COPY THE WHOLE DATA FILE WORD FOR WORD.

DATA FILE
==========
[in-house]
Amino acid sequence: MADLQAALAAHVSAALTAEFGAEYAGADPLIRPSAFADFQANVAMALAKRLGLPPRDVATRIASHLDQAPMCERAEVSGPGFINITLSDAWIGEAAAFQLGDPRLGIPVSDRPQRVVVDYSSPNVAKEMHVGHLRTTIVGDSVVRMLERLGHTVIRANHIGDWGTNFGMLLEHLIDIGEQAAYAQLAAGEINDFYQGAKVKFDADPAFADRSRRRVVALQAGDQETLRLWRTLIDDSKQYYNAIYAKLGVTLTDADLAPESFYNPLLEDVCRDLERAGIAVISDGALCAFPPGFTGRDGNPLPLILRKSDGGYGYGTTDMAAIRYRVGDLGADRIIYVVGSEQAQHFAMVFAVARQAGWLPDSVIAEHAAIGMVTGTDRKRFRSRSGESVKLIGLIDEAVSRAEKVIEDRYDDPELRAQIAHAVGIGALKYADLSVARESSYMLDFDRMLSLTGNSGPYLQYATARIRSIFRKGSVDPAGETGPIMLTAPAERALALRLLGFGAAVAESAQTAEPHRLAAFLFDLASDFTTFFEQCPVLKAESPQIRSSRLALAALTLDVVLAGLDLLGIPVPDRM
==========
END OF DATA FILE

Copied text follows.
[in-house]
Amino acid sequence: MADLQAALAAHVSAALTAEFGAEYAGADPLIRPSAFADFQANVAMALAKRLGLPPRDVATRIASHLDQAPMCERAEVSGPGFINITLSDAWIGEAAAFQLGDPRLGIPVSDRPQRVVVDYSSPNVAKEMHVGHLRTTIVGDSVVRMLERLGHTVIRANHIGDWGTNFGMLLEHLIDIGEQAAYAQLAAGEINDFYQGAKVKFDADPAFADRSRRRVVALQAGDQETLRLWRTLIDDSKQYYNAIYAKLGVTLTDADLAPESFYNPLLEDVCRDLERAGIAVISDGALCAFPPGFTGRDGNPLPLILRKSDGGYGYGTTDMAAIRYRVGDLGADRIIYVVGSEQAQHFAMVFAVARQAGWLPDSVIAEHAAIGMVTGTDRKRFRSRSGESVKLIGLIDEAVSRAEKVIEDRYDDPELRAQIAHAVGIGALKYADLSVARESSYMLDFDRMLSLTGNSGPYLQYATARIRSIFRKGSVDPAGETGPIMLTAPAERALALRLLGFGAAVAESAQTAEPHRLAAFLFDLASDFTTFFEQCPVLKAESPQIRSSRLALAALTLDVVLAGLDLLGIPVPDRM